How to enjoy a tick-free hike
Each year, as the warmth of the March sun thaws the frozen ground and slowly erases the last remnants of winter, the anticipation of seasonal outdoor activities grows. Spring rushes in with a freshness in the air and emerging new growth and wildlife come alive once again. Likewise, we too come out of hibernation to enjoy the wonder that only mother earth can bestow.
What better way to spend a weekend afternoon than with a hike in the woods with friends, pets, and family? If you live in Connecticut, you know the routine; long pants tucked into your socks, a thorough spray of tick repellant and you’re on your way. After a long day that was both exhilarating and exhausting, you shower and check yourself (and your dog) for ticks. It is a common sequence of actions that we do when venturing out into wooded areas across our state.
But are we really doing all we can to protect ourselves from ticks and the pathogens they carry? Do you know how to avoid the most tick infested areas while on your hike? It has been said that a well-informed person is the safest person when it comes to protecting one’s self from the risks associated with ticks.
Between 2004 and 2016, the number of cases of tick-borne illnesses doubled and several new tick-borne pathogens have been discovered in the United States. The Centers for Disease Control confirms that diseases transmitted by ticks and mosquitoes is on the rise in our country. While the reasons are still unclear, some reasons may have to do with climate change, migration and a decline in deer hunting.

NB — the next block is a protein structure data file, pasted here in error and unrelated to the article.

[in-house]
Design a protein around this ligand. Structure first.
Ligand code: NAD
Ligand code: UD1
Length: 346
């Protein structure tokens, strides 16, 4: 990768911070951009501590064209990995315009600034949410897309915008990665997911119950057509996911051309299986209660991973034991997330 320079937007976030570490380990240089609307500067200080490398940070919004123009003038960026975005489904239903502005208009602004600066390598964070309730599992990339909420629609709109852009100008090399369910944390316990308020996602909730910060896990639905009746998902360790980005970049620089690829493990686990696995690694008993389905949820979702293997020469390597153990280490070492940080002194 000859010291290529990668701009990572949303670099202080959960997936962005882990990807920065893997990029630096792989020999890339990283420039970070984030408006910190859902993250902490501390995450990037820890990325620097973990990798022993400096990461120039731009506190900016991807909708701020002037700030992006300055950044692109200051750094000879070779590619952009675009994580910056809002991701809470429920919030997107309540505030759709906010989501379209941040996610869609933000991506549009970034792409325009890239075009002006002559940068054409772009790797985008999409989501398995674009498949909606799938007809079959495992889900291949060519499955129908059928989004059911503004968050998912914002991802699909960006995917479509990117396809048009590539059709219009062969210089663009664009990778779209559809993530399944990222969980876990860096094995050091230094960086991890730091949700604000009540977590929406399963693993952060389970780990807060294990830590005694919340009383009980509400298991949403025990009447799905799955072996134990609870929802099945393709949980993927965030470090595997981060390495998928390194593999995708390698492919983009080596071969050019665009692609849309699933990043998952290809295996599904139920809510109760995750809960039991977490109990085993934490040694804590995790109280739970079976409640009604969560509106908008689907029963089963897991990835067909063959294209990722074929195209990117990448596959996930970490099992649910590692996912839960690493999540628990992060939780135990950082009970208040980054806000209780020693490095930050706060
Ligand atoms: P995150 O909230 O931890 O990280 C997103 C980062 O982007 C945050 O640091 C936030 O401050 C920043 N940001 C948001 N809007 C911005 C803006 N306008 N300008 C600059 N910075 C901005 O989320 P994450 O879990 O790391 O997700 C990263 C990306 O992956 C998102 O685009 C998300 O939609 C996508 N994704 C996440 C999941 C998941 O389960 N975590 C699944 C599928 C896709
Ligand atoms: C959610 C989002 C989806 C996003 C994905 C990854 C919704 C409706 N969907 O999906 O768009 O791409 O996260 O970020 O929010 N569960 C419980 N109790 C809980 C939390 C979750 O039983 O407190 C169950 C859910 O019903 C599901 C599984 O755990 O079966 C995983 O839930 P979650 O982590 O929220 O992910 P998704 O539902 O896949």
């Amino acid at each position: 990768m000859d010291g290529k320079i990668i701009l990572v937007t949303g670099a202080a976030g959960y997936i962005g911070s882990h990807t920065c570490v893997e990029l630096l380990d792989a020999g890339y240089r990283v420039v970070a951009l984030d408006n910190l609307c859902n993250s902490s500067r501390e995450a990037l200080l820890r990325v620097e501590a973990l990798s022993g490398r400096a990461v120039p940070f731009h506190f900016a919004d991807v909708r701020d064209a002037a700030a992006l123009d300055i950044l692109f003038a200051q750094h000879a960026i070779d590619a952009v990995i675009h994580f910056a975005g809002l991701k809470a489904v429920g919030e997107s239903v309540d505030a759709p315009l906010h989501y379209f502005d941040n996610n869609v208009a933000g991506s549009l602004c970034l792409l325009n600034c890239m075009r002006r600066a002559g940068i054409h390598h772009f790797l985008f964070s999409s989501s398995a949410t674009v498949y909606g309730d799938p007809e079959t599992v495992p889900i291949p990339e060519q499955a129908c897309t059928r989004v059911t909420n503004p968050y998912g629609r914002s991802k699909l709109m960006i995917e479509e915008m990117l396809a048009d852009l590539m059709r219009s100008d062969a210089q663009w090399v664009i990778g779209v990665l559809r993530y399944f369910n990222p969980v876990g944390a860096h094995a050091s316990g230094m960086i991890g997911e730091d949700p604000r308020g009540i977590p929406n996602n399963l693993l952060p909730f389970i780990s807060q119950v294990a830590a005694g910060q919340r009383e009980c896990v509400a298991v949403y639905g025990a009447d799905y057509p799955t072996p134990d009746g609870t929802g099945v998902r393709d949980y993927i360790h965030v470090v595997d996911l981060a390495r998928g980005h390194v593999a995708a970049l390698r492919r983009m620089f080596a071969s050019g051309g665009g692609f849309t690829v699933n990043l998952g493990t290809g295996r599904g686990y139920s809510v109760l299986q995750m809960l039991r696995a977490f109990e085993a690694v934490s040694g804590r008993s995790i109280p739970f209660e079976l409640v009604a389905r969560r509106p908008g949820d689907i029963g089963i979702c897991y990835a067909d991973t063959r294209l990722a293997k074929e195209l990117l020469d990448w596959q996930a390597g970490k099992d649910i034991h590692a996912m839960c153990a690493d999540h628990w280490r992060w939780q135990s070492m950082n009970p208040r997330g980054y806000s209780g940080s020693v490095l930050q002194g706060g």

It is common knowledge that ticks like tall grasses and brushy vegetation. But it is worth taking note that scientists are beginning to decipher the different behaviors of ticks as they pertain to their species. Additionally, which types of brush and shrubs they are inherently attracted to. With just a small amount of information learned herein, you can significantly reduce your risks of picking up ticks while on your next hike.
In order to identify areas to stay clear of, you must first be informed of a few tidbits about ticks. Considering the black-legged deer tick is clearly one of the most egregious vectors of all the ticks in the northeast, we will discuss exclusively their habits.
The deer tick (Ixodes scapularis) is a desiccation-prone tick that finds shelter in shady, moist and humid environments. For that reason, they choose invasive vegetation that thrives among the understory of the forest. From there, the ticks are safe from drying out while they are questing on the tips of grass and branches.
Having four stages of their lifecycle, deer ticks rely on blood meals to make the transition from one form to the next. This is why questing for a host is so important. While they do not jump or fly, they perch on the edges of leaves with front legs extended just waiting for a mammal to brush by. Because they are in a shady area, they can patiently await a host without drying out in the heat of the sun. While any mammal will do, they prefer deer as their primary host with mice and chipmunks as secondaries.
Where there are deer, mice and chipmunks, there are going to be ticks. So understanding their habits as well helps us determine the likelihood of tick infestations. An example of this can be illustrated with oak trees. Researchers know that there is a connection between the amount of white-footed mice near oaks dropping acorns. Could there be an increased population of ticks in the vicinity of oak trees?
So now that you know a thing or two about deer ticks, you should take note that they are clever creatures. They tend to take cover under leaves and ground cover where they can stay hydrated. Ticks are patient and are capable of sustaining long periods of time without a blood meal as long as they do not dry out. Deer ticks have learned to gather in vegetation that suits their survival; one that makes it easier to hitch a ride on their favorite host. Likewise, they amass on vegetation that deer find less palatable. Deer will eat a wide variety of vegetation but find some distasteful. This is a problem because these particular plants may not be thinned out by deer. In fact, it helps such shrubs (and ticks) thrive.